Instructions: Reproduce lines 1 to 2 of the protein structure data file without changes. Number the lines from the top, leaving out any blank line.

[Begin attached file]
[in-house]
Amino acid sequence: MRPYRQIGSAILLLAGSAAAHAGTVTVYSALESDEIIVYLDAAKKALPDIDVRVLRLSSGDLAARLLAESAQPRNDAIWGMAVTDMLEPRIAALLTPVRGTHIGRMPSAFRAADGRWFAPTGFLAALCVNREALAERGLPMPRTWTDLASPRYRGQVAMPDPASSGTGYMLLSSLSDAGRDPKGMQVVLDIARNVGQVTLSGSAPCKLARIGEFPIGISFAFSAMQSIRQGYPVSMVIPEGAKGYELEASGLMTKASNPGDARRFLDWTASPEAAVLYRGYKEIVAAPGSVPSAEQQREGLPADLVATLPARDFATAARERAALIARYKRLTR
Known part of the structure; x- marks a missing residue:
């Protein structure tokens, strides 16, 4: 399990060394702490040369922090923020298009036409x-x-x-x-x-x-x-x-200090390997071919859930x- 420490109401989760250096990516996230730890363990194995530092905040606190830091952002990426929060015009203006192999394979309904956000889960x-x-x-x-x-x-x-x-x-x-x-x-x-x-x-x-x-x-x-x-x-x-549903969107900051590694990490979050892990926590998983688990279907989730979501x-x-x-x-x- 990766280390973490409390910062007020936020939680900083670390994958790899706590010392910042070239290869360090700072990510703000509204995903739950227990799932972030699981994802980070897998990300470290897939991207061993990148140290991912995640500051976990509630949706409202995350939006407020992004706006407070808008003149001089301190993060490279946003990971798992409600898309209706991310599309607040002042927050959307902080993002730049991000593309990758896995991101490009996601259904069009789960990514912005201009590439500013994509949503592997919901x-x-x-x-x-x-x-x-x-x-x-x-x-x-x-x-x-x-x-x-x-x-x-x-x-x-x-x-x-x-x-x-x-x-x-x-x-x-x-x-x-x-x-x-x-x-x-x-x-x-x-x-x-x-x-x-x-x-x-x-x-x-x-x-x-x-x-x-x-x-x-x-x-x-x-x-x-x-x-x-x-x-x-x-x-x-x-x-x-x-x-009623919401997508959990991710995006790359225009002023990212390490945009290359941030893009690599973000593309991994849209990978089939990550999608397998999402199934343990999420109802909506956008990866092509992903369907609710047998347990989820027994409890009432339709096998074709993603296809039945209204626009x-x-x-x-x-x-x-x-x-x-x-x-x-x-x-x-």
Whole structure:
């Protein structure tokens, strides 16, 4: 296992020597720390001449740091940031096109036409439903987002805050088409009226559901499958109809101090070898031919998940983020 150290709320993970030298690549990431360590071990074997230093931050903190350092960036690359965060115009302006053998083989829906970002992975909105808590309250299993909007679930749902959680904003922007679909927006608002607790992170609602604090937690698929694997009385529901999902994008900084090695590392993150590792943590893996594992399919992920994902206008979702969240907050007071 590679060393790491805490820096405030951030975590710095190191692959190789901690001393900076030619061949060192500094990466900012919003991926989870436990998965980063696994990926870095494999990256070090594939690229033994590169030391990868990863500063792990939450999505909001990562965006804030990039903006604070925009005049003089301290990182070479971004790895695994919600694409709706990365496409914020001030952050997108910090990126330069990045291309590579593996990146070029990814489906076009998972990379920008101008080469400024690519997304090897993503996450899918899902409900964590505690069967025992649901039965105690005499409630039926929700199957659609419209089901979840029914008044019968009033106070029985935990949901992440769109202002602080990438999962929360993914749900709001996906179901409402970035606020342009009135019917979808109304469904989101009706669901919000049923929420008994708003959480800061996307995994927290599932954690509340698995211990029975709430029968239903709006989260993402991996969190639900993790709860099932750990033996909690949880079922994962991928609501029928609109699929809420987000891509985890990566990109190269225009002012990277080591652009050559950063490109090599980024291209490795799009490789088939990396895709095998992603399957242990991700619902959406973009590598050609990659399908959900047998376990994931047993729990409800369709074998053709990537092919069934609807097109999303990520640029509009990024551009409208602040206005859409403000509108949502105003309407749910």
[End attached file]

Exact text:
[in-house]
Amino acid sequence: MRPYRQIGSAILLLAGSAAAHAGTVTVYSALESDEIIVYLDAAKKALPDIDVRVLRLSSGDLAARLLAESAQPRNDAIWGMAVTDMLEPRIAALLTPVRGTHIGRMPSAFRAADGRWFAPTGFLAALCVNREALAERGLPMPRTWTDLASPRYRGQVAMPDPASSGTGYMLLSSLSDAGRDPKGMQVVLDIARNVGQVTLSGSAPCKLARIGEFPIGISFAFSAMQSIRQGYPVSMVIPEGAKGYELEASGLMTKASNPGDARRFLDWTASPEAAVLYRGYKEIVAAPGSVPSAEQQREGLPADLVATLPARDFATAARERAALIARYKRLTR